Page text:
Thanks to the financial support of a cousin, Masivuye Yaphi, who had already completed university studies, he could tackle his first year as a BSc Crop/Soil Sciences student at the University of Fort Hare. A NSFAS living allowance followed. Today Dr Vacu is paying this kindness forward too by supporting his three siblings’ respective university studies.

His decision to follow a career in agricultural sciences was motivated by conversations with an agricultural extension officer of the Eastern Cape Department of Agriculture who worked in Mpindweni and other villages around Mount Frere.

“To achieve optimal crop production, one must understand soils and to understand soils in an agricultural setup one must understand crops," he says about the interplay between soils and crops.

Dr Vacu received his B.Sc. Crop/Soil Sciences degree cum laude from the University of Fort Hare in 2014.

“Given my family situation back home, I realized that I had no other choice but to study very hard,” says Dr Vacu, who always has a Plan A, B and Z ready when planning his life. “I early on realized that gaining a good education is the only sustainable solution to improve one’s position, and that you can very seldom move forward by merely trying to find a job after school.”

A bursary from the national Department of Agriculture, Land Reform and Rural Development (DALRRD) in 2015 took him to the northeastern parts of China where at the Jilin Agricultural University he completed a MSc in Crops Genetics and Breeding in 2018. His studies into the chilling tolerance of groundnuts (Arachis hypogaea L.) provided him with his first insights into ways to better breed legumes, and into plant genetics in general.

Pigeon pea research

He believes that classic breeding techniques that select for traits to be taken forward to improve aspects such as yield have reached a plateau, but that much can still be done by embracing the genetic aspects of plant biotechnology.

“New breeding technologies offer a targeted approach to crop improvement by precisely modifying crop genomes, ranging from single DNA base-pair alterations to the insertion or removal of multiple genes. One such option focuses on enhancing photosynthesis to increase crop yield, creating more water and nitrogen-efficient plant varieties,” Dr Vacu notes.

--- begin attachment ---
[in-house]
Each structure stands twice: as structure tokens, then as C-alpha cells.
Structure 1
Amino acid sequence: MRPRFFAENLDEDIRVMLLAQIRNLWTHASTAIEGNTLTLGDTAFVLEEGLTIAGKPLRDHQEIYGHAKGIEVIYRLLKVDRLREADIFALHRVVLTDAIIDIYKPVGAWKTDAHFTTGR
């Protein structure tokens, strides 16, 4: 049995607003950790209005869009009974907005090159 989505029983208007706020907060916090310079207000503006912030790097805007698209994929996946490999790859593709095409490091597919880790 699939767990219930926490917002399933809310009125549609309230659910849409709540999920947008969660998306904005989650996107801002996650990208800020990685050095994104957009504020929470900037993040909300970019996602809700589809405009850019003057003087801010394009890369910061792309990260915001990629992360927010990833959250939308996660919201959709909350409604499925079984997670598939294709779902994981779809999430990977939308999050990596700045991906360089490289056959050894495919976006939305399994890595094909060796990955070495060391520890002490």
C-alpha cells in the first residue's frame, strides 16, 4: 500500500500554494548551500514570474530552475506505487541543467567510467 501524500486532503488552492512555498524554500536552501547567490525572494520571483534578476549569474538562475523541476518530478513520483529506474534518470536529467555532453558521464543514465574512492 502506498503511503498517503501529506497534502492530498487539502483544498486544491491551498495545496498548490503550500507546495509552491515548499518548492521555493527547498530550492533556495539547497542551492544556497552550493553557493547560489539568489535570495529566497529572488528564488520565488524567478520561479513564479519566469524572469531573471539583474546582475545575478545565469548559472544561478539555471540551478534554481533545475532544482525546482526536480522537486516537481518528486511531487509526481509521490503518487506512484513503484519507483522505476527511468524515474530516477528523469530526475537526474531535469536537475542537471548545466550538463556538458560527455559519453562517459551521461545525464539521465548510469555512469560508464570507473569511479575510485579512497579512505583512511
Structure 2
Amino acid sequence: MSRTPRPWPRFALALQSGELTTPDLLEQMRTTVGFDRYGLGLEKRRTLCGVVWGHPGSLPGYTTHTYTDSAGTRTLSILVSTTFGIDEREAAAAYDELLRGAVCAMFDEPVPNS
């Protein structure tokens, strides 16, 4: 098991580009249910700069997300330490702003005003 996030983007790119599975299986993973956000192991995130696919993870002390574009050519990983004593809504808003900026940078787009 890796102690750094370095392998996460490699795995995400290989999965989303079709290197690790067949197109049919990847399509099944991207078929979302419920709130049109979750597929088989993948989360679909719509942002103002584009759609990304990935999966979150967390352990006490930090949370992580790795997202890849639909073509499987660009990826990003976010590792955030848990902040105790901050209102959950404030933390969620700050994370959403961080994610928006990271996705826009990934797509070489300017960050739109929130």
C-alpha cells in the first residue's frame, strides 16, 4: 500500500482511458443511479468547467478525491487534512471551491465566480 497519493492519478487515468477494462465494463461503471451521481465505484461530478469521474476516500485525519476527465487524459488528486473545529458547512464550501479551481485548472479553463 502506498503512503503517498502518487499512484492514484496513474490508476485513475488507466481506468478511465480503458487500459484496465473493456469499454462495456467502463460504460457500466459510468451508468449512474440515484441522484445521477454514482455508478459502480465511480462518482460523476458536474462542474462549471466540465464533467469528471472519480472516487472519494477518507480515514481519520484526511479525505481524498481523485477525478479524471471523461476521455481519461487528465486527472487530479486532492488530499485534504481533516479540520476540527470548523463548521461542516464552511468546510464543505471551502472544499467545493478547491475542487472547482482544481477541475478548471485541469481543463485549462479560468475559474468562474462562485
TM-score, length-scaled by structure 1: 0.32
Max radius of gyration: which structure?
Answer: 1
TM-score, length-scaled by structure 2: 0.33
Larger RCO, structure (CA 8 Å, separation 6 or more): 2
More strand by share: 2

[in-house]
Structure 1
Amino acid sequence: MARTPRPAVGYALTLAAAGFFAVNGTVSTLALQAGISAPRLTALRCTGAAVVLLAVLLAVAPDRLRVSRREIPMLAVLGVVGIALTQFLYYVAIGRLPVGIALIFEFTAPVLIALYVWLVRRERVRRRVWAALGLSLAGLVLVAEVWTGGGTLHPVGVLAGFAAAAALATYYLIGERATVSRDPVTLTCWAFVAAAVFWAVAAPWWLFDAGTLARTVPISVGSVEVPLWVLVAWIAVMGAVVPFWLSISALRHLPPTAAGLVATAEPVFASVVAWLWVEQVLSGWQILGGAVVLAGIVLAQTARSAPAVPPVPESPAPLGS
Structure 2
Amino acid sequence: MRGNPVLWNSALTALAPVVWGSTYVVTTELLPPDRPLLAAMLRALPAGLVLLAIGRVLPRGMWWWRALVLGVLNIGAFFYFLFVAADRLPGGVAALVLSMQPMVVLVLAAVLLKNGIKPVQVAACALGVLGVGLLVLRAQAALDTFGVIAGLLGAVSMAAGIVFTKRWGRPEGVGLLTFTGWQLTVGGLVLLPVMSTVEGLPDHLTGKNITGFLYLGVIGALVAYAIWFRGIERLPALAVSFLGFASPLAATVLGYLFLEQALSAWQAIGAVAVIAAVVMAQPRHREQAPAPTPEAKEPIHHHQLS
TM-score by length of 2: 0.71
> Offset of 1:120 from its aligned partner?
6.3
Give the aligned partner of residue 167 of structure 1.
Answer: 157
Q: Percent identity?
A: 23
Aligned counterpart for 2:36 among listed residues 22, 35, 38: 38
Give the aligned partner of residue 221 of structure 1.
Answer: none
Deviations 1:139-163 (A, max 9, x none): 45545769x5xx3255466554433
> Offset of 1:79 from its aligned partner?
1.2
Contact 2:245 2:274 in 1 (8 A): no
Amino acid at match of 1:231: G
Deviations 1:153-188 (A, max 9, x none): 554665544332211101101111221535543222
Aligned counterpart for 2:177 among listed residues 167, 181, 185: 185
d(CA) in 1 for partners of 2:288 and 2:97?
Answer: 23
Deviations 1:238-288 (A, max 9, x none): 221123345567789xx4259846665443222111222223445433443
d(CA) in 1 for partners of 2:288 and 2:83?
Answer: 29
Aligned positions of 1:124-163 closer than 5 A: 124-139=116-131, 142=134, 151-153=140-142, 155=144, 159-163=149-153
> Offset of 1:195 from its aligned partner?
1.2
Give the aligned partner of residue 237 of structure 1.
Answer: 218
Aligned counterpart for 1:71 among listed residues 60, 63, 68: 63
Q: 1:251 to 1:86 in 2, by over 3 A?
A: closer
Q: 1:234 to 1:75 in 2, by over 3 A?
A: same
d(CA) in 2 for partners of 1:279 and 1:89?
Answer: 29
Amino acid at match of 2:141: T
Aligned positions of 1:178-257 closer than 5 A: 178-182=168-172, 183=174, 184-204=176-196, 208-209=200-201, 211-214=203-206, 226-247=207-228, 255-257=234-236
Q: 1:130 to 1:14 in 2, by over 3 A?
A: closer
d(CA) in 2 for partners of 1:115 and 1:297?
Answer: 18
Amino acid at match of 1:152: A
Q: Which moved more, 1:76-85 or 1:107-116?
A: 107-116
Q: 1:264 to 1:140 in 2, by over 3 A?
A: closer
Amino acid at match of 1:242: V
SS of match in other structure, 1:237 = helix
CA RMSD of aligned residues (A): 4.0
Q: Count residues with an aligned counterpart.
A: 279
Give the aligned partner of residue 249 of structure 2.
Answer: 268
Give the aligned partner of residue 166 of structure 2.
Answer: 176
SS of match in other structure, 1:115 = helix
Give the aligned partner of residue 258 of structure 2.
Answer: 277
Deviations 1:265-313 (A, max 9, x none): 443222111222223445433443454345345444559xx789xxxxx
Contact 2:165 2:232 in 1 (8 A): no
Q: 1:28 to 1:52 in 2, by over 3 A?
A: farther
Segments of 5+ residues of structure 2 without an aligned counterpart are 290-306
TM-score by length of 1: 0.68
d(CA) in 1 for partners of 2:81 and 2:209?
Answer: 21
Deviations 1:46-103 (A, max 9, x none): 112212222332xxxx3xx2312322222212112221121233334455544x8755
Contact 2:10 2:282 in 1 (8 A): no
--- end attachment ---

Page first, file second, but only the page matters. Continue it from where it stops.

In 2020 he joined the ranks of the Institute for Plant Biotechnology (IPB) at the Department of Genetics in the Faculty of AgriSciences at Stellenbosch University to study the latter aspect in pigeon peas. He completed his PhD degree under the guidance of Dr Shaun Peters and Dr Bianke Loedolff.

His studies were funded by the National Research Foundation, as part of a project looking into ways to improve pigeon pea cultivation amid an increasingly warming world and growing global population. It is not yet farmed commercially in South Africa. He is already the 8th postgraduate student at SU to graduate thanks to this programme.

“Through our research, we want to show that there’s more to this hardy legume than we know at present. This pulse crop is eaten widely in Asia, the Caribbean and parts of Africa. It is also used as a forage or cover crop. It is called an ‘orphan crop’, because not much has yet been done in terms of research to understand which traits might be of importance to agriculture, food security and nutrition. Since its genome was sequenced, new avenues of research have opened up,” says Dr Peters, who is director of the SU IPB.

For media enquiries, please contact Dr Vacu at: + 2776 965 7551

Photo credit: Stefan Els

This press release was written by Engela Duvenage, on behalf of the Faculty of AgriSciences at Stellenbosch University. )